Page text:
Director: David Lam
Action Director: Yuen Tak
Stars: Danny Lee, Waise Lee, Simon Yam, Kent Cheng, Yolinda Yan
Powerful Four's director David Lam was a bit player in Hong Kong movies (his biggest role was in Jackie Chan's Project A Part 2, where he played the inspector Chan is handcuffed to in one of the movie's most memorable action sequences) before heading out to make his own features through his own production company, the epynomous David Lam Films. This was the first, and arguably, the most (pardon the pun) powerful of his directorial efforts. Like his other works, Powerful Four deals with police officers -- more specifically, the area of corruption and how cops use/react to it, and the effect it has on both those people around them and society at large.
Loosely based on real events surrounding the 1970's indictment of Hong Kong police superintendent Peter Godber, and the eventual formation of the Independent Commission Against Crime (ICAC, similar to an "internal affairs" department in a US police department), Powerful Four steps back a bit to the mid-1950's, when British and Chinese relations within the police force (for both legal and illegal activities) first came to a head in the area of corruption.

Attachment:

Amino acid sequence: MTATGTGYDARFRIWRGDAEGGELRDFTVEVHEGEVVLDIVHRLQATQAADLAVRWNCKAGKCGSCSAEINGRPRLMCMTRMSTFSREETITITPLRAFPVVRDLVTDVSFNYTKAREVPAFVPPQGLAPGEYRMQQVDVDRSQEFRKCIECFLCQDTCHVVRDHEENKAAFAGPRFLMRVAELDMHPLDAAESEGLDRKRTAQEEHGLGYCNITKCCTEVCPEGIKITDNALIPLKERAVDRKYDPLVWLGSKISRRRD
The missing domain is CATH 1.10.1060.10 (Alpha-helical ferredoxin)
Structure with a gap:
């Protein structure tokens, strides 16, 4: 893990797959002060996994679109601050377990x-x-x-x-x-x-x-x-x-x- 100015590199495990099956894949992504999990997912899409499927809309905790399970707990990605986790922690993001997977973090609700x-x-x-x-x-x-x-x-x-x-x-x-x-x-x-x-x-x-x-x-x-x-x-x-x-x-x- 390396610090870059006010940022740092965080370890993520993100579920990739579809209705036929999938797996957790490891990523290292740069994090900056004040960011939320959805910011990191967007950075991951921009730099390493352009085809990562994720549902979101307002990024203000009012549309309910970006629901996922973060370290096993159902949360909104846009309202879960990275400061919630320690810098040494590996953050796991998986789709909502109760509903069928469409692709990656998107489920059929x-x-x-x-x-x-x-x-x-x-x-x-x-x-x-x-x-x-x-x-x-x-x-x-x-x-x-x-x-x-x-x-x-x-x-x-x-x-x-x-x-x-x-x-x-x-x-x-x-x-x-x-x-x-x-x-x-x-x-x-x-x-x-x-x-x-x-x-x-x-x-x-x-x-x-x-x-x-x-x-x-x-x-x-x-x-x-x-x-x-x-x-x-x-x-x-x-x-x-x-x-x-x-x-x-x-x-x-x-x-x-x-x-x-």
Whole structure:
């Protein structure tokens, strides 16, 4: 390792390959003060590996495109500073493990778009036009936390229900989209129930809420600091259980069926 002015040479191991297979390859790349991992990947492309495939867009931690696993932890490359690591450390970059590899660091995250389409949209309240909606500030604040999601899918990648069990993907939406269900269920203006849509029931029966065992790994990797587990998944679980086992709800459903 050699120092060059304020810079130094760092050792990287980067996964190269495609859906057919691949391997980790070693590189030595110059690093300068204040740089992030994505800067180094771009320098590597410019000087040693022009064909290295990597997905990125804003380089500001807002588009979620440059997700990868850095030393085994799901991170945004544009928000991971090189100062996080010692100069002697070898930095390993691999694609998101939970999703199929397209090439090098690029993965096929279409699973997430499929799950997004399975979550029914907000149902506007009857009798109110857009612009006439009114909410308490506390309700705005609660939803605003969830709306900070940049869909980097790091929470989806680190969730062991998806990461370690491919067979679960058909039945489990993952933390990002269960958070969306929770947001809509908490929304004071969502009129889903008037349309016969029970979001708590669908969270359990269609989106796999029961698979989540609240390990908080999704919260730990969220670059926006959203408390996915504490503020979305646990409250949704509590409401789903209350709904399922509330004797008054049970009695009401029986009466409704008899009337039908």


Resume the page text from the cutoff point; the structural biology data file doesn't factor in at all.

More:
Powerful Four revolves around four officers -- Luk Kong (Danny Lee), Hong (Waise Lee), Lui (Simon Yam), and Fatty B (Kent Cheng) -- who rise to sergeant major (the highest rank a Chinese officer could attain at the time in British-controlled Hong Kong) through hook and/or crook, but realize too late that they are just puppets for the British commanders to control. There is a slim subplot involving Luk Kong and Hong with a love triangle incorporating singer Yolinda Yam (from John Woo's Bullet in the Head, where she also played a wannabe pop star), but thankfully, for the most part, Powerful Four stays very focused on the plot proper. This sets the movie far above many similar films, which tend to lose themselves in ultimately useless twists and turns. There is a lean and mean direction to Powerful Four which comes off as quite refreshing compared to similar fare which seems more concerned with putting over its' pop star leads as legitmate actors than telling a good story.
Even though Powerful Four is pretty straight-forward and holds no suprises for the viewer (What? You mean there are nasty white guys in a Hong Kong movie? No way!), it is tightly paced with some of the best performances put forth by the actors involved, especially Kent Cheng and Waise Lee. Powerful Four also sports some great action sequences that are violent, shocking, and exhilarating at the same time. There have been a lot of "true crime" gangster epics produced in Hong Kong, but very few of them come close to Powerful Four. With its' synergy of action and drama, it stands out as one of the best representaions of the genre. The fact that it doesn't involve John Woo or Chow Yun-Fat should in no way keep you from seeing this almost-masterpiece.
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